In recent conversation Andriessen evokes his latest collaboration with Marijke van Warmerdam.
Marijke van Warmerdam, Lievelingsmuur (The Wall of Preferred Things, 2000, Collection Louis Andriessen)
Jelena Novak: You mentioned that “Life” is like contemporary “Pictures at an Exibition”?
Louis Andriessen: Marijke found it difficult to think in time. A lot of visual artists don’t know how to handle the fact that things have duration. I said “I can understand it very well so why don’t you forget about time and I will take care of the time”. I think that at earlier times we also talked about narrativeness in art, that is something that interests me very much in the last ten years, specifically because of the vocal music I write. That is the situation with the famous Mussorgsky piece. Of course it is about paintings but the paintings seem to make you think of a story. And that is very interesting in between time and static situation of the visual arts. Four films are quite different and there are cross references through the films. It is more or less the same which I did in the music too. There are memories from earlier pieces in later pieces, but the four pieces are quite different, like a movies.
JN: Did Marijke first made videos or you worked in parallel?
LA: We talked about it a lot and then she had a sort of synopsis of the four movies and she had even no idea which order she would like them. I think she was earlier than I was, starting to shoot things. I remember taking my car to the forest where she made the second one. She used crane because there is an old couple on the bench sitting and looking over the little lake. You see them from the back, than you go up, like an angel, and then you go down again, and the camera moves under the bench, turns around and comes out of the bench, then you see the couple in front and then the camera goes very high up like you are an angel again, turns around in the air to arrive at the opening position. It makes a large circle. For moving under the bench she needed some hi-tech computer animation, because it is totally impossible, it is quite amazing.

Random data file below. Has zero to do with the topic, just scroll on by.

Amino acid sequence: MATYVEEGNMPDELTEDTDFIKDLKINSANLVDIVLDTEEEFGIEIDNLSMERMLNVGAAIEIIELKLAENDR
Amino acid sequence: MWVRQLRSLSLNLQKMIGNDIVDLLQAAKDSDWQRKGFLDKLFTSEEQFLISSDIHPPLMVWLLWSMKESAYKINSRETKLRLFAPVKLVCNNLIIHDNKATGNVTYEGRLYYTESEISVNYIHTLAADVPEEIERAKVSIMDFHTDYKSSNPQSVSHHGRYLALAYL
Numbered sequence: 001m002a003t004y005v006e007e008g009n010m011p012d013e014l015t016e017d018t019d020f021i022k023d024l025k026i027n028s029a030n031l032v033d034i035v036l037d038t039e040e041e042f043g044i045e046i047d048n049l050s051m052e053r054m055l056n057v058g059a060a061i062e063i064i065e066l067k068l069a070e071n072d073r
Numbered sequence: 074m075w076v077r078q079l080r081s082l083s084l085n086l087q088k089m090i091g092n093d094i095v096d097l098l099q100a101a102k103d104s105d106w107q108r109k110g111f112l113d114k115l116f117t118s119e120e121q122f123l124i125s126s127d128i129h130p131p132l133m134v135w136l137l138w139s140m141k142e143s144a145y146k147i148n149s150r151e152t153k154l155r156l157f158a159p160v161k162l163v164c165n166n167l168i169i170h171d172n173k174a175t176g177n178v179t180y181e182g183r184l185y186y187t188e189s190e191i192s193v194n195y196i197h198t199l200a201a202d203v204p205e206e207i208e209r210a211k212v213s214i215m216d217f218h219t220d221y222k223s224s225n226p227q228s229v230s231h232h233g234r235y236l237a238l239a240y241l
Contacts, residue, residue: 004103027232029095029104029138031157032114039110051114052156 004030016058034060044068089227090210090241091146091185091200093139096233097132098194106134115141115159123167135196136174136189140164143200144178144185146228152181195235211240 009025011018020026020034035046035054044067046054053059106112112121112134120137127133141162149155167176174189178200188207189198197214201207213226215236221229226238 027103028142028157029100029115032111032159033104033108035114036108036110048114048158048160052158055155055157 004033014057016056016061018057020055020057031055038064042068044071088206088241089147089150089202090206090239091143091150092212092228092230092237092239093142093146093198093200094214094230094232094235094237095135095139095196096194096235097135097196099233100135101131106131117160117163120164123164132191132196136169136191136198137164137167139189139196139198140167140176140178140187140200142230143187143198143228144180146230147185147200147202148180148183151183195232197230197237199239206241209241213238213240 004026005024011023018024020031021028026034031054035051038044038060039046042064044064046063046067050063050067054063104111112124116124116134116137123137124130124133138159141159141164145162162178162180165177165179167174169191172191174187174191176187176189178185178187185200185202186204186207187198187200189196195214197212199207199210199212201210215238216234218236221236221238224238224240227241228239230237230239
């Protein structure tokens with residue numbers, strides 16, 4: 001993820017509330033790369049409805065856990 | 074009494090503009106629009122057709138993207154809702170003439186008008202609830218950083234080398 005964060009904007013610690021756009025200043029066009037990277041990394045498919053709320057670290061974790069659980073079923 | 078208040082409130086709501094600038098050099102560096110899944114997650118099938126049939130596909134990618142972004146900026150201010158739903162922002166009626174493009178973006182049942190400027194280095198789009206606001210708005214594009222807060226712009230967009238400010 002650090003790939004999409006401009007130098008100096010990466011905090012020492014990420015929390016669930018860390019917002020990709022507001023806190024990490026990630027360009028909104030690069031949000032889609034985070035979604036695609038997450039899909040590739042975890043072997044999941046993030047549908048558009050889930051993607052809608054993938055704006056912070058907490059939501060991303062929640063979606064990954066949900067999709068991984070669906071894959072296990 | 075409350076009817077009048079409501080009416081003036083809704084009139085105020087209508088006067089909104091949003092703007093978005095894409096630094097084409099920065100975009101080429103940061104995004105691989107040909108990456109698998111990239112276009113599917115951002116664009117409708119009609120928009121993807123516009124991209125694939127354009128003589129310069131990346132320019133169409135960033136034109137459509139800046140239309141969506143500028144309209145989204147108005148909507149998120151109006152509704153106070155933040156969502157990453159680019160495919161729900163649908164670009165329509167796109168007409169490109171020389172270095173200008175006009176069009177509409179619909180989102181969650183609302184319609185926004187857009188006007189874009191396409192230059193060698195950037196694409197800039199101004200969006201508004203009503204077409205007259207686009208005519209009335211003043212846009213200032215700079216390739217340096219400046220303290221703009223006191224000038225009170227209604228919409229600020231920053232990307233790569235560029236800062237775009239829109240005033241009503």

JN: You have wall painting done by Marijke van Warmerdam. I remember seeing it on the postcard.
LA: It was a present from my friends for my sixtieth birthday, to paint one of the walls in house in France. It is called “Wall of preferred things”. She had the list of my preferred this and that, and made a choice of four of them, which was: favorite pet – two cats, favorite vegetable was garlic, favorite transport medium was a little step bicycle that children use, and favorite animals were birds – a large parrot. Few days ago when I had dinner with her we had a discussion because I said I call the picture fresco, than we looked in Wikipedia and other places when you can call wall painting a fresco. During our absence the neighbors found out that the part of the ceiling was broken and fell on my desk and on the piano. After a while they found on the floor, in a bin, a dead rat! The rat made a sort of jump from the roof and ceiling and fell down. While repairing that, they have hurt the fresco and Marijke is coming with me in late April to the house to repaint it. Now the part is painted white and it is really like the fresco because all these beautiful Giotto’s and stuff in Italy are also partly completely white.